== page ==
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Gone Girls: Why Girls Quit Martial Arts, and How We Can Keep Them Training

Stop me if you've heard this one before. A young girl joins your dojo. Many young girls, actually. They work hard, are diligent, learn kata faster, apply themselves harder. They embody everything you want in a student – earnest study, curiosity, discipline. They're a pleasure to teach, and a joy to behold as they grow more capable and confident.


And then, they hit their teens, and one by one, they start to lose their confidence, and they disappear. And to your despair, maybe a couple of them will make it to black belt, but you know, and I know, that 95% of them won't.

karate girls

What is happening to girls in karate? And why aren't women staying longer? We know that a dojo thrives when it has a good balance of male and female energy and input. From a financial point of view, a dojo does better when half the population wants to be there. Hopefully you are an instructor, or dojo member, or a parent who wants to see more girls lasting past their teens, and more beginner women sticking it out.


I write this as a karate instructor (and a mom, and a wife) who is so tired of seeing female students give up when they have so much to offer to karate, and conversely, when karate has so many benefits for them. We know the many benefits of martial arts, I need not list them here, but there are definite benefits to the dojo, and the world, to having more girls become black belts, and more women becoming instructors.


Why do girls and women quit sports and martial arts?

While there are some things that have nothing to do with the dojo environment itself, they still affect female participation in martial arts. Below, a general list of the reasons girls and women avoid or quit sports in general:

  • Puberty – the onset of periods, changes in body size and shape, and the accompanying changes in confidence and comfort can be demotivating. In a survey of 2,089 English schoolgirls ages 11 to 18, nearly three-quarters listed at least one breast-related concern regarding exercise and sports.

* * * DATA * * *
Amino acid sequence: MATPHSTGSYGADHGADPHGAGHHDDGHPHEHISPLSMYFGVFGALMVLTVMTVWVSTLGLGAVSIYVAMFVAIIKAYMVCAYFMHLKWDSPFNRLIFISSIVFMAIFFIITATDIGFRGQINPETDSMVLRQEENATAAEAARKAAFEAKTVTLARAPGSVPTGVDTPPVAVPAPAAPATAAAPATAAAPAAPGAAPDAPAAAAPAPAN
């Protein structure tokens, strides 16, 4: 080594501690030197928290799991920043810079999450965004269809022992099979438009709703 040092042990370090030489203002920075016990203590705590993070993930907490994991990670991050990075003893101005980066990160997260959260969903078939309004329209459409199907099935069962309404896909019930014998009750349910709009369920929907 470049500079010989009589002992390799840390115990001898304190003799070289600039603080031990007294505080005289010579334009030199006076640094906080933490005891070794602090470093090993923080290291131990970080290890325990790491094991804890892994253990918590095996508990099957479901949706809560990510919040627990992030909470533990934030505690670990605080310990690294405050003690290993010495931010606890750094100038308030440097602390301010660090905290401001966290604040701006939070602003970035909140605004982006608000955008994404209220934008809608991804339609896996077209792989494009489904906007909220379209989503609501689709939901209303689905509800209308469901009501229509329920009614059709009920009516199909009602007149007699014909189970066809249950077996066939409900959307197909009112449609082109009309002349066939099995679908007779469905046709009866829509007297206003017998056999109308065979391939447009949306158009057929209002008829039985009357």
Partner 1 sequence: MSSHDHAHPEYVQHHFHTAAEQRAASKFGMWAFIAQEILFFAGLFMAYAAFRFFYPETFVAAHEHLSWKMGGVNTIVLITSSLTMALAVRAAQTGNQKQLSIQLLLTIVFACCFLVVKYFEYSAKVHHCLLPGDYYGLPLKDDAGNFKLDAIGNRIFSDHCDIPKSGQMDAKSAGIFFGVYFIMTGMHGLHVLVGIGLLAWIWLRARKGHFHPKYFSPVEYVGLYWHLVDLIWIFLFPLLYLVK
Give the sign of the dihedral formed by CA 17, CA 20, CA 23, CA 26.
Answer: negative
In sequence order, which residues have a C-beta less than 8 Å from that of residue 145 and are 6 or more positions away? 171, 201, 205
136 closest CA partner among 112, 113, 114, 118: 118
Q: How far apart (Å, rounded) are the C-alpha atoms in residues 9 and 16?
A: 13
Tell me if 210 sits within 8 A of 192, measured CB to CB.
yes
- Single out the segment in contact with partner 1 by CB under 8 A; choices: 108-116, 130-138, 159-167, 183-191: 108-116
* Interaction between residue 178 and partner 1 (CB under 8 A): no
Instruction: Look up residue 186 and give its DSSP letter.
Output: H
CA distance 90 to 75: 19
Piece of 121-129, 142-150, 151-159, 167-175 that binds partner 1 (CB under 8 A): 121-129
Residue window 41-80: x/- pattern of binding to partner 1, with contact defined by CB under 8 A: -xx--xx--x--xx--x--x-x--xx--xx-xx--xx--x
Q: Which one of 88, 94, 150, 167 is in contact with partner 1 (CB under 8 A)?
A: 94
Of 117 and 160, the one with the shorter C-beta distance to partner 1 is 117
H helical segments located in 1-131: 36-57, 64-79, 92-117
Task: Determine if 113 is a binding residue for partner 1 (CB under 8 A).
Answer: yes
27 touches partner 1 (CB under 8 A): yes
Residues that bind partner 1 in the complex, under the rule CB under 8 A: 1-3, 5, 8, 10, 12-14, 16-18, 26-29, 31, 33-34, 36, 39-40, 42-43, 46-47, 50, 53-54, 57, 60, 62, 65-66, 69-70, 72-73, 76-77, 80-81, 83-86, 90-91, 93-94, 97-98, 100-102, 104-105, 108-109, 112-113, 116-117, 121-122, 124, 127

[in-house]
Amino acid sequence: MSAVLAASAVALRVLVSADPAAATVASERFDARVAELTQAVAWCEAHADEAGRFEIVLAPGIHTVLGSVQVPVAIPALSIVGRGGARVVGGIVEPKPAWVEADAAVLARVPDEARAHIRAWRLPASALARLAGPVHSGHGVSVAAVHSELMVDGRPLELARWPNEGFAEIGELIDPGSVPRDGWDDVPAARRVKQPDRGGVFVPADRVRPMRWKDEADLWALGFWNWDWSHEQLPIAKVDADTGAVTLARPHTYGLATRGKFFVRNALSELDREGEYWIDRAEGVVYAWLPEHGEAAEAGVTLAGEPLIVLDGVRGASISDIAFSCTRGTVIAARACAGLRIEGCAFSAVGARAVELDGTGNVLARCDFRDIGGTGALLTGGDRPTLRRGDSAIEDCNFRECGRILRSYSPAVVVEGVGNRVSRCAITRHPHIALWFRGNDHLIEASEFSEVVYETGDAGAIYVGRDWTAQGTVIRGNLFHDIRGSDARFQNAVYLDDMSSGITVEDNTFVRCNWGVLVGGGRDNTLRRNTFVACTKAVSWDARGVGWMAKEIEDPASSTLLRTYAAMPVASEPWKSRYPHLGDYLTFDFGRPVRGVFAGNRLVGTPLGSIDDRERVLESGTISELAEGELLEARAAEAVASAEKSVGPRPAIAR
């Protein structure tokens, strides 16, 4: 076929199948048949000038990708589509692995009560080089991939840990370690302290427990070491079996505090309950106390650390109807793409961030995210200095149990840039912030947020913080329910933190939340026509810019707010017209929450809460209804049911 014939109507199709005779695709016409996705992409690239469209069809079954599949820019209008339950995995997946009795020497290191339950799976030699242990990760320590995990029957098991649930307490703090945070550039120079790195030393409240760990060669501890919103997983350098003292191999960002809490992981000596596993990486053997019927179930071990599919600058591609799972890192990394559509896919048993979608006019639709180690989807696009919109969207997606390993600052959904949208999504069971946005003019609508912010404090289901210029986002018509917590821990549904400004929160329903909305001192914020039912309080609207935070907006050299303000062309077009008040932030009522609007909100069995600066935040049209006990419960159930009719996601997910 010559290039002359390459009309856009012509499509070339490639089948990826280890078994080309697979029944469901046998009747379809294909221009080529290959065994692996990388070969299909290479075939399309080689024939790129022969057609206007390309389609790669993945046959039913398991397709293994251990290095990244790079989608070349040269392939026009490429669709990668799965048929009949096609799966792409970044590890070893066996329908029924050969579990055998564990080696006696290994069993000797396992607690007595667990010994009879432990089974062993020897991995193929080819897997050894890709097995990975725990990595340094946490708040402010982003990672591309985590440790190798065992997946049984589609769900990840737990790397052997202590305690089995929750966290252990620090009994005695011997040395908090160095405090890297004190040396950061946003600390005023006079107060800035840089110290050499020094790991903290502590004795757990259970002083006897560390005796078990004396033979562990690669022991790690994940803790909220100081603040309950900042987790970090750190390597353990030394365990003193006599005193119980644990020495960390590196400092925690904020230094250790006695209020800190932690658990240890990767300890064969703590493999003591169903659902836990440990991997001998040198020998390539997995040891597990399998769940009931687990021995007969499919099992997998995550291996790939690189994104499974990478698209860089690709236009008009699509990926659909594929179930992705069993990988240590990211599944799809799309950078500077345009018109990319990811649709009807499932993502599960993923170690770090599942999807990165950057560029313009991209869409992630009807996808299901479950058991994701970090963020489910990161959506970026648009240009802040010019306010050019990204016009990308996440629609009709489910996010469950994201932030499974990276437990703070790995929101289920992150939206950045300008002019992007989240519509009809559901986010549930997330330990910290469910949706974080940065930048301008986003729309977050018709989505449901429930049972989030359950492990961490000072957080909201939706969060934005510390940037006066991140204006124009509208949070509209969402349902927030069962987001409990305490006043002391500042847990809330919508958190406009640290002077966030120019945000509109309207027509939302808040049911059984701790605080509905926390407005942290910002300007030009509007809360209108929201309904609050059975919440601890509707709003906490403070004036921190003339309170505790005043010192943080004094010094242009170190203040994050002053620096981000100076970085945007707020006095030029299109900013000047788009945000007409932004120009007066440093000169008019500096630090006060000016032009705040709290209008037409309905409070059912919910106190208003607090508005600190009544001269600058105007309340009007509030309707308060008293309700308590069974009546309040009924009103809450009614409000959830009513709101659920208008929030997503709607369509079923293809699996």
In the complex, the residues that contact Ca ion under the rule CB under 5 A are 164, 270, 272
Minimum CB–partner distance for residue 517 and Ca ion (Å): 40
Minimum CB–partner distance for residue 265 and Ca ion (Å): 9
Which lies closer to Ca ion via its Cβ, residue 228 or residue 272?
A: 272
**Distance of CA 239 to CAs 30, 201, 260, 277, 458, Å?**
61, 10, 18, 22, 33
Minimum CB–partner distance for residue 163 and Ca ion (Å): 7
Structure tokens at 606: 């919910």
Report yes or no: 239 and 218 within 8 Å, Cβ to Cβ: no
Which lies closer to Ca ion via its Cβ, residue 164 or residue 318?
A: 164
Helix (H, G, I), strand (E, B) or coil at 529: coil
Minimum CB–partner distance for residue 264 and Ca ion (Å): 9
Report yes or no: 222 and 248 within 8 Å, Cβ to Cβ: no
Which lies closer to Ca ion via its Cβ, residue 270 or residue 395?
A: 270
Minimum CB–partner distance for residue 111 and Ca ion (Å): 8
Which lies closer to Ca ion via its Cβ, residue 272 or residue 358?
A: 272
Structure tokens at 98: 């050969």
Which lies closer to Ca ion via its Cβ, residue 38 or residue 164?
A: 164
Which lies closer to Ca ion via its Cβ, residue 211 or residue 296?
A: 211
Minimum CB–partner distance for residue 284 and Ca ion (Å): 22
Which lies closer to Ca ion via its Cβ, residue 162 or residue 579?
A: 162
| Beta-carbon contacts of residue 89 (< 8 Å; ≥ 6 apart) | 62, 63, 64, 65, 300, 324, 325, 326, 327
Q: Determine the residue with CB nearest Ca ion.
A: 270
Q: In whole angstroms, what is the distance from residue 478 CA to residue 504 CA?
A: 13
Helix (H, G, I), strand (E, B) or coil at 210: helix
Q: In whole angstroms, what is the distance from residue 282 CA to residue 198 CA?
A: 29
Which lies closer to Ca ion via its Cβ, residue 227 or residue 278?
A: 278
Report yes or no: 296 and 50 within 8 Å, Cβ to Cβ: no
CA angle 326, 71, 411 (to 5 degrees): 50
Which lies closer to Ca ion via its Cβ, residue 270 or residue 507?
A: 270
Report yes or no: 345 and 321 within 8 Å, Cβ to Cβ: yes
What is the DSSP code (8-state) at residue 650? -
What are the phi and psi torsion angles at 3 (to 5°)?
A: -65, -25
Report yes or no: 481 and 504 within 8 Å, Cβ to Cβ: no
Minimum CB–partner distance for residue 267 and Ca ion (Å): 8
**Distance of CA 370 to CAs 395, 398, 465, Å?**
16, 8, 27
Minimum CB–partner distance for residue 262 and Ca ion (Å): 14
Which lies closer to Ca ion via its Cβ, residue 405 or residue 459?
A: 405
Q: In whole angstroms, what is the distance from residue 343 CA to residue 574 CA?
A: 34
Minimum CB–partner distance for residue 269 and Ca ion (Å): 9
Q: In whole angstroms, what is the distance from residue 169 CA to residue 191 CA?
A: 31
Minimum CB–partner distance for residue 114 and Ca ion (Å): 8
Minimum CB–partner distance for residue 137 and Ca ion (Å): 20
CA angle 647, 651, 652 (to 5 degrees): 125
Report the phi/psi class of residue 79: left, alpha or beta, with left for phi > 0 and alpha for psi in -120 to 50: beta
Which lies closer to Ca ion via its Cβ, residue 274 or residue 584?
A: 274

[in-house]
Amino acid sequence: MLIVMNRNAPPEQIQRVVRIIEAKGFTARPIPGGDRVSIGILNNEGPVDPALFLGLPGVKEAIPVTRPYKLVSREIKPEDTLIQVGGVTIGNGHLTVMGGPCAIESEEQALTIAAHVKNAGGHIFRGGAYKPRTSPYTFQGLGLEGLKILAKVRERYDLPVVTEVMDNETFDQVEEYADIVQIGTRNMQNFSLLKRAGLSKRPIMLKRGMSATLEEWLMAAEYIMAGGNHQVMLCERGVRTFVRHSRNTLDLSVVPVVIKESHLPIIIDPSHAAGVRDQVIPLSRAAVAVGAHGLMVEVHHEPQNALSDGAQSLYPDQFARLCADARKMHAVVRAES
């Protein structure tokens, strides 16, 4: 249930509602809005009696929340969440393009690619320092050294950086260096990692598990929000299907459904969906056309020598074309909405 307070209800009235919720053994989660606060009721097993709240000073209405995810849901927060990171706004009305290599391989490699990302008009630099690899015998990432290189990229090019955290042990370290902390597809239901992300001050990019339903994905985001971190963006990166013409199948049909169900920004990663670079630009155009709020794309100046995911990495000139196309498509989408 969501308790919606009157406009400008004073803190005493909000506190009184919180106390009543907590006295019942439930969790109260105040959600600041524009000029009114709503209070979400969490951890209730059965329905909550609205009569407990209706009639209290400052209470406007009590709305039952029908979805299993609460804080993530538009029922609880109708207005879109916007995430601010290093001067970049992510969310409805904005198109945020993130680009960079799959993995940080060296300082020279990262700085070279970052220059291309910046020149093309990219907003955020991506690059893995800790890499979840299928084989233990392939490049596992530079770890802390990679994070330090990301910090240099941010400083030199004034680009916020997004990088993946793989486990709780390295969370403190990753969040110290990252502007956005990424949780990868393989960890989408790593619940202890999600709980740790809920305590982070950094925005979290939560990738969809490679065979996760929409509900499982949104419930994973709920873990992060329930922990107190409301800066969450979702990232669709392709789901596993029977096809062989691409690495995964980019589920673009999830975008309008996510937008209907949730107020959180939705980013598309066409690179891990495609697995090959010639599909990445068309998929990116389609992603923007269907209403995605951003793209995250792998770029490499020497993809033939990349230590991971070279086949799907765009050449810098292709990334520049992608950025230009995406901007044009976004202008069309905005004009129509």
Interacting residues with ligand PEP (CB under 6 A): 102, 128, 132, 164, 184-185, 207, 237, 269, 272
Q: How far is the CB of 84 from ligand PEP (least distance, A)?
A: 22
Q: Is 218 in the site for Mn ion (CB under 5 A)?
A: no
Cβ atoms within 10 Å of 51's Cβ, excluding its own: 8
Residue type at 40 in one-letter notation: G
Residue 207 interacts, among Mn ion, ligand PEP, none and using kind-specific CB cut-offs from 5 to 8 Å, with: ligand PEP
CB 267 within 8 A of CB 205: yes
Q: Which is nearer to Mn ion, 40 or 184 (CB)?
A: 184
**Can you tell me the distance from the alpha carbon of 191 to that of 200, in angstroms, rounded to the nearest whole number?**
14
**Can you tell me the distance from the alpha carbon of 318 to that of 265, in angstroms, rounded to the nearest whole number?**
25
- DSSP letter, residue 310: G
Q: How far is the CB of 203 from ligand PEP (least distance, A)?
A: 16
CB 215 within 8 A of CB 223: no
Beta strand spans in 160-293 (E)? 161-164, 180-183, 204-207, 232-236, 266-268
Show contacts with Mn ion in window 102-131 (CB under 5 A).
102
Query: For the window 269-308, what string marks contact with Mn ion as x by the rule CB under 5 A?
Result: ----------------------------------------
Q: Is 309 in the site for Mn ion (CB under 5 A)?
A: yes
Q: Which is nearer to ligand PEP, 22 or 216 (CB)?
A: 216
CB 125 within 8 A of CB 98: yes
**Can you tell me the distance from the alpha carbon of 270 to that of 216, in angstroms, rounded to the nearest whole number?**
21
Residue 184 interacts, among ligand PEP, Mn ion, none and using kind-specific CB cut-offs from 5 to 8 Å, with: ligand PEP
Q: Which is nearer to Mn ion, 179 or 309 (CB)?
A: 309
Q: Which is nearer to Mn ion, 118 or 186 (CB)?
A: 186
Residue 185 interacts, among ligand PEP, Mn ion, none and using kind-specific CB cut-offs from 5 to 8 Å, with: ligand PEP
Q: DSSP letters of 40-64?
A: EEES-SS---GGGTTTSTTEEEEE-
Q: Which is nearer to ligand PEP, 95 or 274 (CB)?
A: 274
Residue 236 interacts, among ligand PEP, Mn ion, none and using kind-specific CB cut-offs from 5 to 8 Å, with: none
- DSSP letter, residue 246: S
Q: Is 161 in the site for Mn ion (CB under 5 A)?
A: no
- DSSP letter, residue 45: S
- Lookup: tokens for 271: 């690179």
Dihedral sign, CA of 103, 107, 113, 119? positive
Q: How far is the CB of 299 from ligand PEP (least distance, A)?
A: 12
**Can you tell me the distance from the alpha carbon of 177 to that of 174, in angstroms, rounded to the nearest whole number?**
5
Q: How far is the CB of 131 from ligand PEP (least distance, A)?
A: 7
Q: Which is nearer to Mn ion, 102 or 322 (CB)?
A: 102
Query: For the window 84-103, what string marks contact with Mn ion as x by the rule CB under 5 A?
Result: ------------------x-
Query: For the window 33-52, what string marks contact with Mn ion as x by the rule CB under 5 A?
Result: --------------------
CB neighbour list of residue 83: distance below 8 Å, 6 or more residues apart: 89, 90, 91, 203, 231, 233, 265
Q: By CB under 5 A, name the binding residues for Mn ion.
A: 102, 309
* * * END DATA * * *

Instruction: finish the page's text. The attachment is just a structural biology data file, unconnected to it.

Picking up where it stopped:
• And for older women – training while pregnant, giving birth and taking time off for that, and then not feeling like they are welcome back on the mat, as well as going through menopause, and all its attendant physical and hormonal changes.

  • Feeling unwelcome: perceiving that sport is only for talented and sporty girls, or for a certain body type and athleticism. Media, and particularly social media, exacerbates this.

  • Availability and awareness of sports – The Women in Sport Institute says that for most girls, school sport is their only frame of reference – only 49% of girls aged 11-16 say they enjoy PE. And we all know how PE can cause a loathing of sport that extends well into adulthood. (I took forever to discover my love of running.)

  • Sport is for boys – the same study found that 80% of girls feel they do not belong in sport.

  • Time poverty – with too much homework, extra-curricular demands, dramatically increased screen time, and the strong desire to spend time with friends, there is little time for sport. When combined with a lack of access, it is a double-whammy to participation.

  • Limited access due to family income, cultural norms, uniform or equipment demands, as well as availability and proximity of facilities (both school, public and private)

  • Perception that sport is only about winning and losing, and not for play or community – only talented players are valuable. After all, no one watches the Olympics to see who came fourth.